LAKEWOOD, Colo. -- A Lakewood mom asked police to issue an Amber Alert last Tuesday, after her ex-boyfriend took their son from his aunt's car and disappeared.
"She claims she parked in front of my apartment building to drop him off," Destiny Berumen told Denver7, "and that Robert (Archuleta) ran around from the other side, reached in the window, unbuckled the baby, pulled him out and ran."
Berumen calls it kidnapping.
"I was so scared, I didn't know what to do," Berumen said, "so I called 911."
The rattled mom told Denver7 that she had a restraining order against Archuleta and believed their son, Josiah, was in danger.
She said the restraining order was issued following an allegation of domestic violence earlier this year.
"I was holding the baby while he was hitting me and choking me," she said, "and slamming me to the floor."
She said police told her they would investigate and then submit the information to the Colorado Bureau of Investigation, which would make the decision on whether to issue an Amber Alert.
Investigators later determined that Archuleta had not committed a crime,
"Our investigation is still ongoing," said Rob Albrets, Lakewood Police Department's Public Information Officer, but upon first glance, if a biological parent takes a child, they do not have to have consent or give notice to the other biological parent, unless there is some sort of court order."
When asked if that means one parent could take a child and the other parent might not be able to see that child again for years, Albrets replied, "Yes, that's absolutely correct."
Albrets told Denver7 that the original restraining order against Mr. Archuleta had been dismissed, as had the domestic violence charges.
Berumen said the restraining order was dismissed and the charges dropped because she didn't show up in court for a hearing.
"It expired because we missed a court date the same week my mother died," she said.
After learning about the dismissal, Berumen immediately filed for another protection order.
She said the Judge granted it immediately, but police say it hadn't been served yet, so Archuleta hadn't broken any law.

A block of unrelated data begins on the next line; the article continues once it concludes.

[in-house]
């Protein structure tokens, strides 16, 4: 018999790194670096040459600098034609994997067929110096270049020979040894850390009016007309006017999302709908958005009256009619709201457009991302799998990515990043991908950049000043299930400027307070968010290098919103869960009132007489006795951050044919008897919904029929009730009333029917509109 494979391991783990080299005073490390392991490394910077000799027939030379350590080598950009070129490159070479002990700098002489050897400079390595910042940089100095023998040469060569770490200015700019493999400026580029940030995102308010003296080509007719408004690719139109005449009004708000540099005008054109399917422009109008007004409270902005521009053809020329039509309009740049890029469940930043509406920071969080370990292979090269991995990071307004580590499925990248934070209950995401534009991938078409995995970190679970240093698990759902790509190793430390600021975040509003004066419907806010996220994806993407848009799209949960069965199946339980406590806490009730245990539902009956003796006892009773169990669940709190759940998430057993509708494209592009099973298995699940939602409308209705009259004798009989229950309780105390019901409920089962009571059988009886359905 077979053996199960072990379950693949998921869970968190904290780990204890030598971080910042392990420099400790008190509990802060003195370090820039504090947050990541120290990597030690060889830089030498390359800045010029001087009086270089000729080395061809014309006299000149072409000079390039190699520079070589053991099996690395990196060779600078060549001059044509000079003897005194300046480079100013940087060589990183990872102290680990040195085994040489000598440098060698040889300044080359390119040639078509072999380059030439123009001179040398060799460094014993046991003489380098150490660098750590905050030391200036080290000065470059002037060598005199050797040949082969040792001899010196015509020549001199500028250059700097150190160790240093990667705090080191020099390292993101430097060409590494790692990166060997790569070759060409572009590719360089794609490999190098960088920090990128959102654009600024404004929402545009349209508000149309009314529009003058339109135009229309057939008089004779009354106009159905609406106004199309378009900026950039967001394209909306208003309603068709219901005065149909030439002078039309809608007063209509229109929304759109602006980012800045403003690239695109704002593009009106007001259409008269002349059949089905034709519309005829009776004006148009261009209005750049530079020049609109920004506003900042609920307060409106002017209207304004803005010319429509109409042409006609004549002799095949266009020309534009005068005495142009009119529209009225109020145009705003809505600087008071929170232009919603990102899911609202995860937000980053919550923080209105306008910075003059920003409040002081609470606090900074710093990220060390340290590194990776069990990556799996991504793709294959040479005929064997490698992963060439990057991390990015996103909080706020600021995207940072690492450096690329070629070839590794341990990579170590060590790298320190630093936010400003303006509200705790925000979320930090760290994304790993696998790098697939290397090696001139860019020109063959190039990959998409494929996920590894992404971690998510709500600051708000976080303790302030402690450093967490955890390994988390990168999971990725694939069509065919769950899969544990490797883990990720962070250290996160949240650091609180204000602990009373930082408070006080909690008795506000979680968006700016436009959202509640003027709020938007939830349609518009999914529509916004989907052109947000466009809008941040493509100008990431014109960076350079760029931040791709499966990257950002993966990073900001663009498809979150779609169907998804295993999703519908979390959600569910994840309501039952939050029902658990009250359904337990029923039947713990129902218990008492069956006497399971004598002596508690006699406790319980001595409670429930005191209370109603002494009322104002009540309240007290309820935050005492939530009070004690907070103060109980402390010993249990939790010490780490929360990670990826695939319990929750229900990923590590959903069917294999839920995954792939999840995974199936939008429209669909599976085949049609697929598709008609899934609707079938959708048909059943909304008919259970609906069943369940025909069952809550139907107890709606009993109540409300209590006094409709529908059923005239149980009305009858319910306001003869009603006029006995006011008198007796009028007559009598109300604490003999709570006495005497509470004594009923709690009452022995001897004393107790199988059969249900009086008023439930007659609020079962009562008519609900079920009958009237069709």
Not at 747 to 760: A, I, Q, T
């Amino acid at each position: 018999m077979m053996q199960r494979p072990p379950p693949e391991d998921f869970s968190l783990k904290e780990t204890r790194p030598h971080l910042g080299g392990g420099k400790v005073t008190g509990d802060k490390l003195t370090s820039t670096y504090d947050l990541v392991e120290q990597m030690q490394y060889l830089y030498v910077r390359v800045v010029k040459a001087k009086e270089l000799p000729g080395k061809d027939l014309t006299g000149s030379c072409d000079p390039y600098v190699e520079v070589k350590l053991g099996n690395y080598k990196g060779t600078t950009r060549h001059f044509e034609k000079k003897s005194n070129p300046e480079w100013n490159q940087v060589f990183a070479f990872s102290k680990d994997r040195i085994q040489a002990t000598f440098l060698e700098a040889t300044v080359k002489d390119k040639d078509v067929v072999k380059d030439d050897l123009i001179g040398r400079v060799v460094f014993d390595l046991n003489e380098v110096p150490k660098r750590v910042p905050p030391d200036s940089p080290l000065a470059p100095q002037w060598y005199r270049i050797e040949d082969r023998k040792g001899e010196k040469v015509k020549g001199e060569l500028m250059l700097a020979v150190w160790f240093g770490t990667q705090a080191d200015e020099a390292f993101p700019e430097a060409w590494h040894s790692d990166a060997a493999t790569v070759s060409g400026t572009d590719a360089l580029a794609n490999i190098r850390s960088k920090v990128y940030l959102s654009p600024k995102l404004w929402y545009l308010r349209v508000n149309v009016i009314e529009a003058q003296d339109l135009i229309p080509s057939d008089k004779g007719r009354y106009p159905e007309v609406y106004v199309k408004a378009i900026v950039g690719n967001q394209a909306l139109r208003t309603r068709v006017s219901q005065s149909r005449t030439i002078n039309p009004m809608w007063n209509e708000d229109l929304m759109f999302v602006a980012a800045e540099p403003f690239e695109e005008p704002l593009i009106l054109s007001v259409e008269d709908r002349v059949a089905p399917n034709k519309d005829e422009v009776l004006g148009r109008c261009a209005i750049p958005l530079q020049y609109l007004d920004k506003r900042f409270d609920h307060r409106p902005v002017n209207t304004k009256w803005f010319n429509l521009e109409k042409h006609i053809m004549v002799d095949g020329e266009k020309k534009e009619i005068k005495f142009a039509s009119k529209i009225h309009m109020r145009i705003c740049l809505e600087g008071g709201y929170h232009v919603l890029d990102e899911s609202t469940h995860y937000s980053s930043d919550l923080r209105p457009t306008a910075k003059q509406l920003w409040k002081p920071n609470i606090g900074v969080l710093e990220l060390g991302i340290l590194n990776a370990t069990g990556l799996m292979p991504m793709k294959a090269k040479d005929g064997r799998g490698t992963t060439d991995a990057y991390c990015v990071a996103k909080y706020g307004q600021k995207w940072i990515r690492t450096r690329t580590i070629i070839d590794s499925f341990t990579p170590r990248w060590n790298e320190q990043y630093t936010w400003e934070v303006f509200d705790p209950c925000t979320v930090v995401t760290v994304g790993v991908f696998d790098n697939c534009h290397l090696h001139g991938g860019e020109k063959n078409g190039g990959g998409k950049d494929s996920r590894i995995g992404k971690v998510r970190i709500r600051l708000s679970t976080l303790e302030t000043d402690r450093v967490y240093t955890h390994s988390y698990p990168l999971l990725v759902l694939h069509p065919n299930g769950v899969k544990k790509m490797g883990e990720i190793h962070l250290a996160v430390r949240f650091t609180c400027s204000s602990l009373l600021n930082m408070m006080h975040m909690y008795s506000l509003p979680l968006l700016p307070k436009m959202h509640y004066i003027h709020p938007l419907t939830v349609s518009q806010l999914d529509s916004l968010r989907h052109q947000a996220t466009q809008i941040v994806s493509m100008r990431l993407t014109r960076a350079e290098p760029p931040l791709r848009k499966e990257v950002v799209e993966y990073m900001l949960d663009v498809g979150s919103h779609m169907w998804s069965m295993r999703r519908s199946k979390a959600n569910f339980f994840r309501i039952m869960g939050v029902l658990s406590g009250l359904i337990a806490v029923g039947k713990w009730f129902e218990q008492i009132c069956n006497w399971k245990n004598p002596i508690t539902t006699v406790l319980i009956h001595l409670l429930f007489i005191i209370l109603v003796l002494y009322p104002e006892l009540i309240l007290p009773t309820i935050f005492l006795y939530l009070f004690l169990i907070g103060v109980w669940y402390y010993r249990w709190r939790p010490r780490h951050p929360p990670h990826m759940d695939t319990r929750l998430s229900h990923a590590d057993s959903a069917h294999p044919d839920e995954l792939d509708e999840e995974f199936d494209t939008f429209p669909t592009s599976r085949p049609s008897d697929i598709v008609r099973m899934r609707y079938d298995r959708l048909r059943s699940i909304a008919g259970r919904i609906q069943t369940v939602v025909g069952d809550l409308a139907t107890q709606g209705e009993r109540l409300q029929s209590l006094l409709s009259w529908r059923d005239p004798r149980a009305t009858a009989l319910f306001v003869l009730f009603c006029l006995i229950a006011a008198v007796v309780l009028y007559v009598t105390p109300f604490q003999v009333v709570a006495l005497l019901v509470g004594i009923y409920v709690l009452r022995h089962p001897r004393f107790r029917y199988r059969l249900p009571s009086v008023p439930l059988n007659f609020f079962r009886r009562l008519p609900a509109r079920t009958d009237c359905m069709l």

That angered Berumen and her family.
Family issues own alert
They took to social media with an alert of their own, alleging that Archuleta uses drugs.
Archuleta is exasperated by the allegations.
"How can she say stuff like that?" he asked.
The father told Denver7 that he took his son from his aunt's car because he was worried that Destiny was planning to move out of state after her mom died, and that he would never get to see Josiah again.
"I saw him every weekend," he said, until a few weeks ago, when (Destiny) went to New Mexico."
When asked what changed, the Dad said, "because I didn't have enough money to give her...she's using him as collateral to get what she wants."
Archuleta said he decided to ask the court to grant him "parenting time," and wanted to make sure that Berumen didn't take off with Josiah before he got a chance to do that.
"I thought as long as I get him, I can hold him until I file my parenting time paperwork, and then I can give him back, but she blew it up into something that was way, way extreme."
"I want to be in my son's life," Archuleta added. "I want to be around my son and raise him the right way...I love him."
When asked about the allegation of domestic violence, Mr. Archuleta said they did argue, but he wouldn't go into detail.
"I don't want to throw her under the bus," he said.
Cousin finds child
Berumen's cousin, Lavida Givan, did some detective work of her own and traced Josiah to another family member's house.
She and a friend picked the boy up Saturday afternoon.
"Josiah was standing there with some teenage kid, who had no idea what was going on," Givan said. "He was severely dehydrated and couldn't talk."
Givan told Denver7 that Josiah had scratches on his back.
Archuleta said his son was never in any danger.
"Usually boys are always closer to their mothers," he said, "but he's very close with me. He always wants to lay on me. He thinks I'm a sofa."
Child sharing recommendation
Police say it's fairly common when couples break up, to try to do "unofficial" child sharing among themselves.
"It's great when it works out," Albrets said, "but when it doesn't work out, or when one of the partners suddenly sours on it, the only option for the other person is to go to county court and apply for custody."
Both Berumen and Archuleta will be in court later this month to argue for and against whether to make the new "temporary" restraining order, permanent.
Albrets said this former couple, and others like them, could have avoided this heartache had they figured out a parenting agreement ahead of time, and had it signed off in court.
"If you're co-parenting," he said, "the best practice is to get some kind of custody agreement in place, that way if the other parent suddenly decides to keep the child from you, you have some recourse."
"I wish I would have filed it a long time ago," Archuleta said, "because then we wouldn't be in this mess."